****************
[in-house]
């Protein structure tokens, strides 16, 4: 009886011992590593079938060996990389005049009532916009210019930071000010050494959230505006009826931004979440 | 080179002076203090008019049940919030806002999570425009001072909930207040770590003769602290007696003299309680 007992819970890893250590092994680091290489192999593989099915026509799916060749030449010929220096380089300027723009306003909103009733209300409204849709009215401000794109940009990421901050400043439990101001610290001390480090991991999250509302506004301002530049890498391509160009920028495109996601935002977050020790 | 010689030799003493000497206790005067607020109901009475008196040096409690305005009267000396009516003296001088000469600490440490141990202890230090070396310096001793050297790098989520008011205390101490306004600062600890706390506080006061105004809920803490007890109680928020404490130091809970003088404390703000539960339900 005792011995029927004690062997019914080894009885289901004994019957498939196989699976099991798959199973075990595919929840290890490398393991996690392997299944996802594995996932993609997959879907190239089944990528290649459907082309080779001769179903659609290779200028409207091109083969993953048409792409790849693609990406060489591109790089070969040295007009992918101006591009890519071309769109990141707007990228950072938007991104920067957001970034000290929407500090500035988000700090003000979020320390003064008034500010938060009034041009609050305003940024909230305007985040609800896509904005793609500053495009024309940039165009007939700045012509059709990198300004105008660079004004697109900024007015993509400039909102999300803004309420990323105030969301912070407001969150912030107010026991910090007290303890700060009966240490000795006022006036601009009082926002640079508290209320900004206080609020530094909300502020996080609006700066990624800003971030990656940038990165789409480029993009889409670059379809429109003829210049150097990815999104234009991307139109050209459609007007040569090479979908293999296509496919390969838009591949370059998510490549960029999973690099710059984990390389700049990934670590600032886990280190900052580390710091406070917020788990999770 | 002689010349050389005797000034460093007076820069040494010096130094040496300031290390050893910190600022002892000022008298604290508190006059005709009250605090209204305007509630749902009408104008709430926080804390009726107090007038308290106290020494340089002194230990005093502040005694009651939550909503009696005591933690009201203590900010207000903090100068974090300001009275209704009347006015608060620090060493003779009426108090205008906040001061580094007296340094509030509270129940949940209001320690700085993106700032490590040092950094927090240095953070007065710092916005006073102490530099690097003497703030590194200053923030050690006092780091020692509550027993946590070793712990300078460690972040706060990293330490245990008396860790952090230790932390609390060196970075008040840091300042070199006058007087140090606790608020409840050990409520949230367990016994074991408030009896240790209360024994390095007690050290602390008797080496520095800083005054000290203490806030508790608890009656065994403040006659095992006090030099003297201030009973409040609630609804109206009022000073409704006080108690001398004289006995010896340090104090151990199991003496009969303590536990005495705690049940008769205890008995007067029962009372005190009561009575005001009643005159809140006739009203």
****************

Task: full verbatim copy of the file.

[in-house]
């Protein structure tokens, strides 16, 4: 009886011992590593079938060996990389005049009532916009210019930071000010050494959230505006009826931004979440 | 080179002076203090008019049940919030806002999570425009001072909930207040770590003769602290007696003299309680 007992819970890893250590092994680091290489192999593989099915026509799916060749030449010929220096380089300027723009306003909103009733209300409204849709009215401000794109940009990421901050400043439990101001610290001390480090991991999250509302506004301002530049890498391509160009920028495109996601935002977050020790 | 010689030799003493000497206790005067607020109901009475008196040096409690305005009267000396009516003296001088000469600490440490141990202890230090070396310096001793050297790098989520008011205390101490306004600062600890706390506080006061105004809920803490007890109680928020404490130091809970003088404390703000539960339900 005792011995029927004690062997019914080894009885289901004994019957498939196989699976099991798959199973075990595919929840290890490398393991996690392997299944996802594995996932993609997959879907190239089944990528290649459907082309080779001769179903659609290779200028409207091109083969993953048409792409790849693609990406060489591109790089070969040295007009992918101006591009890519071309769109990141707007990228950072938007991104920067957001970034000290929407500090500035988000700090003000979020320390003064008034500010938060009034041009609050305003940024909230305007985040609800896509904005793609500053495009024309940039165009007939700045012509059709990198300004105008660079004004697109900024007015993509400039909102999300803004309420990323105030969301912070407001969150912030107010026991910090007290303890700060009966240490000795006022006036601009009082926002640079508290209320900004206080609020530094909300502020996080609006700066990624800003971030990656940038990165789409480029993009889409670059379809429109003829210049150097990815999104234009991307139109050209459609007007040569090479979908293999296509496919390969838009591949370059998510490549960029999973690099710059984990390389700049990934670590600032886990280190900052580390710091406070917020788990999770 | 002689010349050389005797000034460093007076820069040494010096130094040496300031290390050893910190600022002892000022008298604290508190006059005709009250605090209204305007509630749902009408104008709430926080804390009726107090007038308290106290020494340089002194230990005093502040005694009651939550909503009696005591933690009201203590900010207000903090100068974090300001009275209704009347006015608060620090060493003779009426108090205008906040001061580094007296340094509030509270129940949940209001320690700085993106700032490590040092950094927090240095953070007065710092916005006073102490530099690097003497703030590194200053923030050690006092780091020692509550027993946590070793712990300078460690972040706060990293330490245990008396860790952090230790932390609390060196970075008040840091300042070199006058007087140090606790608020409840050990409520949230367990016994074991408030009896240790209360024994390095007690050290602390008797080496520095800083005054000290203490806030508790608890009656065994403040006659095992006090030099003297201030009973409040609630609804109206009022000073409704006080108690001398004289006995010896340090104090151990199991003496009969303590536990005495705690049940008769205890008995007067029962009372005190009561009575005001009643005159809140006739009203």